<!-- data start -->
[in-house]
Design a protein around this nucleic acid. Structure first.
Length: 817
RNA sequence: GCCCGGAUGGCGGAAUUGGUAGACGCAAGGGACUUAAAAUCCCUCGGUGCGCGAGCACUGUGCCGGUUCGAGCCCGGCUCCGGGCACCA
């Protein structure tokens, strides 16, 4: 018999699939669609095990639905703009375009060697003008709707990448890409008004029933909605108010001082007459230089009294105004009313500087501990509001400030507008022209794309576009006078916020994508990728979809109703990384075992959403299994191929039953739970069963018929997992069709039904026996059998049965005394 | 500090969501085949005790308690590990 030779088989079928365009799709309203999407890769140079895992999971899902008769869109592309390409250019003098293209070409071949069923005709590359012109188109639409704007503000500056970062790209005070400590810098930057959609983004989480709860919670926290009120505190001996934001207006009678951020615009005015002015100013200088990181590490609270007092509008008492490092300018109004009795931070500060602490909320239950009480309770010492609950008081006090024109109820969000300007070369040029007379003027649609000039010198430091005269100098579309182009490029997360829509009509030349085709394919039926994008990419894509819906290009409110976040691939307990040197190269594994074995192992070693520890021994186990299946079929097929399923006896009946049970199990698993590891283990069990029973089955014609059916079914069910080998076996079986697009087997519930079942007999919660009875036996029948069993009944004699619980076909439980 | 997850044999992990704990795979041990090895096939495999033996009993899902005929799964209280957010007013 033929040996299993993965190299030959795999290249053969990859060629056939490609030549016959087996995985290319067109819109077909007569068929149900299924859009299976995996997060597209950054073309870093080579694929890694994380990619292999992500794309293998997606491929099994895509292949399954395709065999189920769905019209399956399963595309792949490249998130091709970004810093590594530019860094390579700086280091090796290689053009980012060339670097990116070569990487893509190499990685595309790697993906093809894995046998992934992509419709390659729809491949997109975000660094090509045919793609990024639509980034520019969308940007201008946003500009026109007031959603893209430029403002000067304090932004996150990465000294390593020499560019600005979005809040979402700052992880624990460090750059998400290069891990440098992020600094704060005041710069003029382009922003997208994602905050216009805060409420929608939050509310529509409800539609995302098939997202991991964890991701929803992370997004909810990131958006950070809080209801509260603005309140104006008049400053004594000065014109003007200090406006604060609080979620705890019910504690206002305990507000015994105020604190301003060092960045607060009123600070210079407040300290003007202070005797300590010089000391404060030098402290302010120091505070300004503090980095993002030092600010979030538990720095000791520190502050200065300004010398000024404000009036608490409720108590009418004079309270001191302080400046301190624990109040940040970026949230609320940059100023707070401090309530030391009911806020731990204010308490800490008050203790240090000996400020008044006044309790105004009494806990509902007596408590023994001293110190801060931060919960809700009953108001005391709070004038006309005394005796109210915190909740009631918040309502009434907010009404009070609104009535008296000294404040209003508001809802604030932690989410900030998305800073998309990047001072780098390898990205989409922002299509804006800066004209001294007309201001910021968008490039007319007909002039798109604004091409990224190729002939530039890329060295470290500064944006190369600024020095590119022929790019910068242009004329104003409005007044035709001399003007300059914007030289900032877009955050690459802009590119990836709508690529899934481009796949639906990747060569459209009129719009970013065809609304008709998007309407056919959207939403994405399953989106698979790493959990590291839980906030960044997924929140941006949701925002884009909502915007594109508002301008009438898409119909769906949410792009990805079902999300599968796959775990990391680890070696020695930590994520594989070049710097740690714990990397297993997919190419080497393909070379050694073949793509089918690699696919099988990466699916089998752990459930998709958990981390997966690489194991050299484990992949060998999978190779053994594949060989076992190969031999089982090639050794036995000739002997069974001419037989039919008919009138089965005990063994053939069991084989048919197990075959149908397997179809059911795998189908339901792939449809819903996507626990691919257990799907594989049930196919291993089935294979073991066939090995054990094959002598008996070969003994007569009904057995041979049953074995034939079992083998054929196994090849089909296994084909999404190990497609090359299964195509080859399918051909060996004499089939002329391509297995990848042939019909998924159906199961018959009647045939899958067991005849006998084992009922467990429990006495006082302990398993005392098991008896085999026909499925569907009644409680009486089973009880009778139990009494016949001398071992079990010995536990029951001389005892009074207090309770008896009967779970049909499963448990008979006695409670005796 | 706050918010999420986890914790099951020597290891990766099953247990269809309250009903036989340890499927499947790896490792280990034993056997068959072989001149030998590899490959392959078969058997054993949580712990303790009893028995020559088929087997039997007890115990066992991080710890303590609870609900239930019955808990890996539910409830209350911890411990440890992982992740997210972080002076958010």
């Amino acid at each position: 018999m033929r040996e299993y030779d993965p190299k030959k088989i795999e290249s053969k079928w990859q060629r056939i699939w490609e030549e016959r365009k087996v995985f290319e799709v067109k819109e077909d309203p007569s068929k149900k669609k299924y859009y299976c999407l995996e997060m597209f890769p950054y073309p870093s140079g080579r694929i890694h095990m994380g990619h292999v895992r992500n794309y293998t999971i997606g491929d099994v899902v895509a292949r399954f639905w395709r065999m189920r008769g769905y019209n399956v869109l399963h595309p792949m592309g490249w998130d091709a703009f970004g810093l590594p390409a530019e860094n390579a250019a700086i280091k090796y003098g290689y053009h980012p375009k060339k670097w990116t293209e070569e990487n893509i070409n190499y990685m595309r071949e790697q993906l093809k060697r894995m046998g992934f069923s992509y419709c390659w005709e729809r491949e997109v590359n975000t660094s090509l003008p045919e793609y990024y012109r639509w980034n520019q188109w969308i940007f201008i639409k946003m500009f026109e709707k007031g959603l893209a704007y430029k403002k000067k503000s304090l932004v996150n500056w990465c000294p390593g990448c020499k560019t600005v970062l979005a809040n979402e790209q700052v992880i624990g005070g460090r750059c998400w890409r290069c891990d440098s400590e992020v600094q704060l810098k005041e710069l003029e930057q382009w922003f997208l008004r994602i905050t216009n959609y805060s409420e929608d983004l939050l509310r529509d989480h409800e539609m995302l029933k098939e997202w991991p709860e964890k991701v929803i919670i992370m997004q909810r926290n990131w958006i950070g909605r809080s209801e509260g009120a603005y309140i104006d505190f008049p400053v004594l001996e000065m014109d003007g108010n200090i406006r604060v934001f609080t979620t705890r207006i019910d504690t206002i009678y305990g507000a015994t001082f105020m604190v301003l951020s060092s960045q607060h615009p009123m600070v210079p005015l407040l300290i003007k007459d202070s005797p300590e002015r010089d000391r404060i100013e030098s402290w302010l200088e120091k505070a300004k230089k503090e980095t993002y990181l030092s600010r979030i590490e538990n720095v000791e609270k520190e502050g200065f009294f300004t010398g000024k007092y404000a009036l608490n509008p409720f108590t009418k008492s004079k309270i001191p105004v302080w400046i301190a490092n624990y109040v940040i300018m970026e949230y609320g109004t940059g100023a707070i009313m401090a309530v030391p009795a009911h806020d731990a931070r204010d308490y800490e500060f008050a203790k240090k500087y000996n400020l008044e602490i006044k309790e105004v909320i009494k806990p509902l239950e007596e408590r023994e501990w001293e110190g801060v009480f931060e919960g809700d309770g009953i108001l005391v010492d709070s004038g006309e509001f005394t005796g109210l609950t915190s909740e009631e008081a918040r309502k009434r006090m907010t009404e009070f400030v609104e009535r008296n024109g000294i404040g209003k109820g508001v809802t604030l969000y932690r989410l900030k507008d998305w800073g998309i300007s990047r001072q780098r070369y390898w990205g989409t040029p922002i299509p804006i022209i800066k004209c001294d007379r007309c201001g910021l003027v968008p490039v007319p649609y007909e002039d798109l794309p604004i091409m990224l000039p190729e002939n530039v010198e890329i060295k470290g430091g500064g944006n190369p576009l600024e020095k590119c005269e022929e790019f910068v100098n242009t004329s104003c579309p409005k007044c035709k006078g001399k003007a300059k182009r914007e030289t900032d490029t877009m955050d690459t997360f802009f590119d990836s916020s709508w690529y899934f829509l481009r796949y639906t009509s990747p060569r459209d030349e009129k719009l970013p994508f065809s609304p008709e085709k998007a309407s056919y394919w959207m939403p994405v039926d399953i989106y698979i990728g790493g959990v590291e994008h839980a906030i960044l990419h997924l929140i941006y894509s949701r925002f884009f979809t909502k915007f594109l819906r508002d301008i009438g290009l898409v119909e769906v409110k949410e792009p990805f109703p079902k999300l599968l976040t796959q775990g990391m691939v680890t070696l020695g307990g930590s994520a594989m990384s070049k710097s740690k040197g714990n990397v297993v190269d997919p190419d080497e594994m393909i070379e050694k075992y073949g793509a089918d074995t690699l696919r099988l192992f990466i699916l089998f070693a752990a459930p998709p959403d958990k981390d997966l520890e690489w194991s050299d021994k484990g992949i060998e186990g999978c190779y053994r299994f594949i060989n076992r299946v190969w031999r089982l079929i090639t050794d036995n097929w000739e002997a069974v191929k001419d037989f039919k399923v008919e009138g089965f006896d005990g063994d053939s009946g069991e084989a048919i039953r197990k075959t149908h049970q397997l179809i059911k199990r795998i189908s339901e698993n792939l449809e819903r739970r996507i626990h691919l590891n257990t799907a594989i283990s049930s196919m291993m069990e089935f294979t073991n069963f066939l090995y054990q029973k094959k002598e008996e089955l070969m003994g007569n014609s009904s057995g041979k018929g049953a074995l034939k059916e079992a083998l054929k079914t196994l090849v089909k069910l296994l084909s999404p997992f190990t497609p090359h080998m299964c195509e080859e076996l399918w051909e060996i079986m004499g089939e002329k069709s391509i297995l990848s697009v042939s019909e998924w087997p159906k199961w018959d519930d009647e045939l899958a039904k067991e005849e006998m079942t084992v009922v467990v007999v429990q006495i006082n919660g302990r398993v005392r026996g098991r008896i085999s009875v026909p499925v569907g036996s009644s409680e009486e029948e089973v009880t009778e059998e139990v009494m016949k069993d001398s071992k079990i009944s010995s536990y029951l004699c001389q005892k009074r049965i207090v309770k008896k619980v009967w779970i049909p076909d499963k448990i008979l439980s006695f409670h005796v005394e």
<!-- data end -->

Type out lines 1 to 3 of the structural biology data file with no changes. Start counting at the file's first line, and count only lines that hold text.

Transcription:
[in-house]
Design a protein around this nucleic acid. Structure first.
Length: 817